Caffeine Use Disorder: It's a Thing

Lacy LangleyLife

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Coffee addicts, listen up! Caffeine has now been categorized as a drug in the DSM-5. Need help quitting? That may be coming soon, according to Yahoo.

“Caffeine is a drug, a mild stimulant which is used by almost everybody on a daily basis,” said Charles O’Brien, chair of the Substance-Related Disorders Work Group. “Normally, there’s no problem with that. But it does have a letdown afterwards,” he added. “If you drink a lot of coffee, usually two or three cups at a time, there will be a rebound or withdrawal effect.”

In a new study from researchers at American University in Washington, D.C., it is found that drinking several cups of coffee each day can become habit-forming, and when a person tries to quit, they can experience withdrawal symptoms like headaches and fatigue. If you've ever tried to quit, as I have, you might agree there is also a good amount of crankiness.

"The negative effects of caffeine are often not recognized as such because it is a socially acceptable and widely consumed drug that is well integrated into our customs and routines," said the study's co-author and American University psychology professor Laura Juliano, reported by Post Media News. "And while many people can consume caffeine without harm, for some it produces negative effects, physical dependence, interferes with daily functioning, and can be difficult to give up."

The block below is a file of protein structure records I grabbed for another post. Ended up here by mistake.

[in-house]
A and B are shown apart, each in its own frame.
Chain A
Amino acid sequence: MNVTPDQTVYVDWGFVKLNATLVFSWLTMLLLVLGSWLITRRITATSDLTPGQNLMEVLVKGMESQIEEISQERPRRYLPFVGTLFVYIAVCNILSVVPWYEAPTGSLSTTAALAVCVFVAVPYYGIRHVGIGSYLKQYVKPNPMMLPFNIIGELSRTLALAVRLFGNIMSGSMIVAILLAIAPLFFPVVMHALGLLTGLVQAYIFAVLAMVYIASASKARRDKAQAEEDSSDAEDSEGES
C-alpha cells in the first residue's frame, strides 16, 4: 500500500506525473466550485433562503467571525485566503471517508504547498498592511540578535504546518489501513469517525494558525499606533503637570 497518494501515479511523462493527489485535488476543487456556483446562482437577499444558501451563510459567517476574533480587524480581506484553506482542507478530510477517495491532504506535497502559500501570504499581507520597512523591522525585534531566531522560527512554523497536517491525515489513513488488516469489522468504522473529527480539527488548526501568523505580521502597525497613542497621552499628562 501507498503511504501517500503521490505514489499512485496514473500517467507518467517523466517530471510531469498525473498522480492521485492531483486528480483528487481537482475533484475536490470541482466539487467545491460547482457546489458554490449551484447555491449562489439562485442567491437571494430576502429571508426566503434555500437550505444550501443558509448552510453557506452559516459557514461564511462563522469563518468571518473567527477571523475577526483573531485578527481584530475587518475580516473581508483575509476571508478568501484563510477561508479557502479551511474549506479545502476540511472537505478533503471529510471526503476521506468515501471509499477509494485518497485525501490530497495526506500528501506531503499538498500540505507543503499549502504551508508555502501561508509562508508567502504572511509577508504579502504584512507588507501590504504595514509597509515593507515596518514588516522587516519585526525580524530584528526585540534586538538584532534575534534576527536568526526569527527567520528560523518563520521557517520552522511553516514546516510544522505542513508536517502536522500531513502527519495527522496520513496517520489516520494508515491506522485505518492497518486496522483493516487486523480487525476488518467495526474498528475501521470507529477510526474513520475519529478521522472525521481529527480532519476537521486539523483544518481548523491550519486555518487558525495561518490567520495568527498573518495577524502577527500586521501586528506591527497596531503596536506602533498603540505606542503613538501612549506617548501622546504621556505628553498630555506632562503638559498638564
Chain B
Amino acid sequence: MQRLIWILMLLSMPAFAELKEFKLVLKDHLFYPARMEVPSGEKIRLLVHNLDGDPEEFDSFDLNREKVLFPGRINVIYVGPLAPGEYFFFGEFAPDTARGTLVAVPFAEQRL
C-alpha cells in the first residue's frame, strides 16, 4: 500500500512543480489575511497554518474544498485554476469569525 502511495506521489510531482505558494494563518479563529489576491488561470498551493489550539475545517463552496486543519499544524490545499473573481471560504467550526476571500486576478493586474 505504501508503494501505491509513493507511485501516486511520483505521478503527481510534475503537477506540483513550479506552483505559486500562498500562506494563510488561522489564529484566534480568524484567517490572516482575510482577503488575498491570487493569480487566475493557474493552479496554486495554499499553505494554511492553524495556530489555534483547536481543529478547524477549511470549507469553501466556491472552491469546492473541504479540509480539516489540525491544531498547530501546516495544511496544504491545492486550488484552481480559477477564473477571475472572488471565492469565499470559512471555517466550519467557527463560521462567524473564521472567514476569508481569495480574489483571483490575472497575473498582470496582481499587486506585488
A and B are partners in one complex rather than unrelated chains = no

This new study could possibly result in greater clarity in labeling of products containing caffeine and the amounts they contain, according to Juliano.

"At this time, manufacturers are not required to label caffeine amounts, and some products such as energy drinks do not have regulated limits on caffeine," Juliano said. "Through our research, we have observed that people who have been unable to quit or cut back on caffeine on their own would be interested in receiving formal treatment — similar to the outside assistance people can turn to if they want to quit smoking or tobacco use."

It would be interesting to see what some of those treatments would be. It is a fairly hard habit to kick, but if you can't, you should at least try to reduce your intake to 2-3 8oz. cups of coffee per day (or 400 mg caffeine) to avoid withdrawal symptoms, according to Juliano.

Image via wikimedia commons

Lacy Langley
Lacy is a writer from Texas. She likes spending time in the home office, homeschooling her kids, playing the didgeridoo, caring for her chickens (Thelma and Louise), Rolos, Christmas, and Labyrinth.